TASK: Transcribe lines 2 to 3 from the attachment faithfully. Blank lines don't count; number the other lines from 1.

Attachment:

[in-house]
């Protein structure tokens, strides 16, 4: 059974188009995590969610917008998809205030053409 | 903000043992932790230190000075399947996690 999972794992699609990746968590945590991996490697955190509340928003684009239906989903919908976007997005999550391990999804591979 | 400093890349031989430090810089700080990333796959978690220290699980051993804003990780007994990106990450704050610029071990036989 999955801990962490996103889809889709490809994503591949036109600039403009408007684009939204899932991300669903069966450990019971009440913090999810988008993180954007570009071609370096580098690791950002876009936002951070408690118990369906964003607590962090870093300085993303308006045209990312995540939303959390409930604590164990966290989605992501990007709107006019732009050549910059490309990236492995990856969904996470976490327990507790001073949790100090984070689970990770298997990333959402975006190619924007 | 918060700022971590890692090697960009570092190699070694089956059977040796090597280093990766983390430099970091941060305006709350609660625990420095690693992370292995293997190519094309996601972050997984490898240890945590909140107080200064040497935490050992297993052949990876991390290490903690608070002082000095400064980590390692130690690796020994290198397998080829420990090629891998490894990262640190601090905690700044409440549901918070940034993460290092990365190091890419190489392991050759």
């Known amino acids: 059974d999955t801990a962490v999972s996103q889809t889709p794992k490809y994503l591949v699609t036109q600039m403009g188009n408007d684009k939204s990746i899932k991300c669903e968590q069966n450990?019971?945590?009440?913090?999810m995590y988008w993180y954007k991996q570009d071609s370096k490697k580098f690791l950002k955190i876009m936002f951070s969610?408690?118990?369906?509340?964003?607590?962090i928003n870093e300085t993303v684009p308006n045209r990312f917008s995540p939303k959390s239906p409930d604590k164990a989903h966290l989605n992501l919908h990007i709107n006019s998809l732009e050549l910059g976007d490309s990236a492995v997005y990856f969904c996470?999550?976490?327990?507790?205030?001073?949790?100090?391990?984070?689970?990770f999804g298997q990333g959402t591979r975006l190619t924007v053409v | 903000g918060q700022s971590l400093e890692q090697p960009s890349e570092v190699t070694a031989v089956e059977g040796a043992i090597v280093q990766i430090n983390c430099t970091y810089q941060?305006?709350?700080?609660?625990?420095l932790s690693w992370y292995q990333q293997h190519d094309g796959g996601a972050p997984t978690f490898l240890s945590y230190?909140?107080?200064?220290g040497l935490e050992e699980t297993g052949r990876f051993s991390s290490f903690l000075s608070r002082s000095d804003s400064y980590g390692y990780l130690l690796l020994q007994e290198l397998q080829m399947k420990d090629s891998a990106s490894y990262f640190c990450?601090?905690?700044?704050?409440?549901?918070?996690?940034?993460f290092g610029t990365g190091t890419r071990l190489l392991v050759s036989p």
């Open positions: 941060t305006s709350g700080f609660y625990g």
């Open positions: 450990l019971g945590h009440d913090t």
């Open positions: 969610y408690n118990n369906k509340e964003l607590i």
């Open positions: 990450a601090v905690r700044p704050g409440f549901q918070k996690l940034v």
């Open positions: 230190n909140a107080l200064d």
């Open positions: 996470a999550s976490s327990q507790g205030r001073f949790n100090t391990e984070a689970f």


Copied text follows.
């Protein structure tokens, strides 16, 4: 059974188009995590969610917008998809205030053409 | 903000043992932790230190000075399947996690 999972794992699609990746968590945590991996490697955190509340928003684009239906989903919908976007997005999550391990999804591979 | 400093890349031989430090810089700080990333796959978690220290699980051993804003990780007994990106990450704050610029071990036989 999955801990962490996103889809889709490809994503591949036109600039403009408007684009939204899932991300669903069966450990019971009440913090999810988008993180954007570009071609370096580098690791950002876009936002951070408690118990369906964003607590962090870093300085993303308006045209990312995540939303959390409930604590164990966290989605992501990007709107006019732009050549910059490309990236492995990856969904996470976490327990507790001073949790100090984070689970990770298997990333959402975006190619924007 | 918060700022971590890692090697960009570092190699070694089956059977040796090597280093990766983390430099970091941060305006709350609660625990420095690693992370292995293997190519094309996601972050997984490898240890945590909140107080200064040497935490050992297993052949990876991390290490903690608070002082000095400064980590390692130690690796020994290198397998080829420990090629891998490894990262640190601090905690700044409440549901918070940034993460290092990365190091890419190489392991050759």
């Known amino acids: 059974d999955t801990a962490v999972s996103q889809t889709p794992k490809y994503l591949v699609t036109q600039m403009g188009n408007d684009k939204s990746i899932k991300c669903e968590q069966n450990?019971?945590?009440?913090?999810m995590y988008w993180y954007k991996q570009d071609s370096k490697k580098f690791l950002k955190i876009m936002f951070s969610?408690?118990?369906?509340?964003?607590?962090i928003n870093e300085t993303v684009p308006n045209r990312f917008s995540p939303k959390s239906p409930d604590k164990a989903h966290l989605n992501l919908h990007i709107n006019s998809l732009e050549l910059g976007d490309s990236a492995v997005y990856f969904c996470?999550?976490?327990?507790?205030?001073?949790?100090?391990?984070?689970?990770f999804g298997q990333g959402t591979r975006l190619t924007v053409v | 903000g918060q700022s971590l400093e890692q090697p960009s890349e570092v190699t070694a031989v089956e059977g040796a043992i090597v280093q990766i430090n983390c430099t970091y810089q941060?305006?709350?700080?609660?625990?420095l932790s690693w992370y292995q990333q293997h190519d094309g796959g996601a972050p997984t978690f490898l240890s945590y230190?909140?107080?200064?220290g040497l935490e050992e699980t297993g052949r990876f051993s991390s290490f903690l000075s608070r002082s000095d804003s400064y980590g390692y990780l130690l690796l020994q007994e290198l397998q080829m399947k420990d090629s891998a990106s490894y990262f640190c990450?601090?905690?700044?704050?409440?549901?918070?996690?940034?993460f290092g610029t990365g190091t890419r071990l190489l392991v050759s036989p």